Michael Bednar-Brandt is passionate about change making.

He’s done it at all levels, from startup to global powerhouse, and is currently doing it as the Head of Business Innovation at Oracle NEXT, the international co-innovation program of technology giant Oracle.

At our Paris event, Michael will speak on the co-innovation program his team is developing, the book it will ultimately become, and the role of storytelling in innovation. We sat down with Michael to give you a sneak peak ahead of his appearance in Paris.

Can you share some of the main design principles of Oracle NEXT?

The core idea is that the hard part is not the idea – the hard part is the execution. Everybody has ideas today; so many people are creating ideas or running methodologies like Design Thinking. But the sad pattern across big companies is, most projects get to the prototype stage and that’s where they die.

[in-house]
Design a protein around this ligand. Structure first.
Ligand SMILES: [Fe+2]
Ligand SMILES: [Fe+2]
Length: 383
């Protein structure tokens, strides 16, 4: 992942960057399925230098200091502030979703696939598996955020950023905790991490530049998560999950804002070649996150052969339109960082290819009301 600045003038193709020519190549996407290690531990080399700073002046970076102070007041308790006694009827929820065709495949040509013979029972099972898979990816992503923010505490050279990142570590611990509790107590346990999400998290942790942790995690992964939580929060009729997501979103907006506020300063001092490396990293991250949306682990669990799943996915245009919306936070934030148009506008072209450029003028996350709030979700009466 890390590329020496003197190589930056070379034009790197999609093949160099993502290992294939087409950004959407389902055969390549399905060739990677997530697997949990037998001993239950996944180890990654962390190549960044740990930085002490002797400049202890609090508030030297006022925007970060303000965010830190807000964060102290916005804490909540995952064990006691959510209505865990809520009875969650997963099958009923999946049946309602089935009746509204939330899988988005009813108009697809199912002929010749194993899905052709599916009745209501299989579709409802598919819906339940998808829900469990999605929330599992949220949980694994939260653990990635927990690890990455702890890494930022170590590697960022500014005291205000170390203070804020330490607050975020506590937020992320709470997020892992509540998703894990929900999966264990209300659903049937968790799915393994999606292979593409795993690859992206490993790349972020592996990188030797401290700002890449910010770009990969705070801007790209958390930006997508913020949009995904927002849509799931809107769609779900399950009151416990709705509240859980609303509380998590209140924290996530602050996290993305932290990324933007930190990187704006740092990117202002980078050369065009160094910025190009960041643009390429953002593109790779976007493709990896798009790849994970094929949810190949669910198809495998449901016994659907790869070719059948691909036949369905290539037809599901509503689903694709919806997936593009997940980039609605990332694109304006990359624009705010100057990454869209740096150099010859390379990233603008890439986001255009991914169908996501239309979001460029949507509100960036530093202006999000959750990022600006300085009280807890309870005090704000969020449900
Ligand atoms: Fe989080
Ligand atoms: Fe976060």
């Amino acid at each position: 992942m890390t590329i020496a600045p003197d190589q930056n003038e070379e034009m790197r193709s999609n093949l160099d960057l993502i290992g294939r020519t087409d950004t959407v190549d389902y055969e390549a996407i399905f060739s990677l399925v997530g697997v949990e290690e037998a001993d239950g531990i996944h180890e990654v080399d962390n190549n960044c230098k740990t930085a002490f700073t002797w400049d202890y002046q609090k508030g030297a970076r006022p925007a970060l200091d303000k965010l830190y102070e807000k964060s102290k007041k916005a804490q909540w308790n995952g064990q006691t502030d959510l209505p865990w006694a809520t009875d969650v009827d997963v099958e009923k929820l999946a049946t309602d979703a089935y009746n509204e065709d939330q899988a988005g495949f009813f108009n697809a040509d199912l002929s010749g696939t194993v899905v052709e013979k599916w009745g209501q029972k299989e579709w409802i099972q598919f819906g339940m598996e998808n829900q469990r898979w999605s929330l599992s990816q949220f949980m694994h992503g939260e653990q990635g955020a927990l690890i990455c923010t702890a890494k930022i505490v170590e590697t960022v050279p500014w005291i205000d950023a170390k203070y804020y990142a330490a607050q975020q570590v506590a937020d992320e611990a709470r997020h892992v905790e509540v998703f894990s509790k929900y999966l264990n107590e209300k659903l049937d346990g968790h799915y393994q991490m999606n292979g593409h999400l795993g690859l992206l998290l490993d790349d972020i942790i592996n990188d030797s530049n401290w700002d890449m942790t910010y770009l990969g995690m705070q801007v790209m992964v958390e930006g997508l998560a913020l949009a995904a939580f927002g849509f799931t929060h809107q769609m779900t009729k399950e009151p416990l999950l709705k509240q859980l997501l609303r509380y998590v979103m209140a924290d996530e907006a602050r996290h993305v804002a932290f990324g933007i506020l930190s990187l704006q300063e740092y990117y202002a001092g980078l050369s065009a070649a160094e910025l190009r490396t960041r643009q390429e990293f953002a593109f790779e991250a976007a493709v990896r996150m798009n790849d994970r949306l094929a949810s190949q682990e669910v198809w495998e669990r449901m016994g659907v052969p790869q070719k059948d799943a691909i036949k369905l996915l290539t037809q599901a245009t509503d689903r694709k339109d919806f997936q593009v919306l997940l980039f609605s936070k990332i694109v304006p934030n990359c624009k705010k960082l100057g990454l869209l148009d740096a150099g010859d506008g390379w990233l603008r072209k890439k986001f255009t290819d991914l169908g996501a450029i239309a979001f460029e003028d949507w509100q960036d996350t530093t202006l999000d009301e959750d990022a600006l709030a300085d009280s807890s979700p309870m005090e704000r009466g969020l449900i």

Even in 2019, successfully getting ideas out there, executed into the market is still super, super hard. Our main design principle is that we want to fix that. We want to focus on the execution side. We want to create ideas for the right reasons and help bring them alive.

So, instead of starting with an idea we make sure we start with a business challenge and we are very crisp in the beginning to focus on the “why.” You want to make sure to look at the market super early and then throughout the whole process of getting your idea executed you have to cover your bases. We have a couple of super smart and very experienced people on board who are crucial in creating the program, people who know what it needs to operate and survive in a corporate environment, and we incorporate these experiences into the process.

One simple principle is that if you have an idea you need to not only look at validation of that idea, but also do your homework to establish buy-in. That’s something you can’t just skip. You really need to do that properly, identify your stakeholders and get them on board.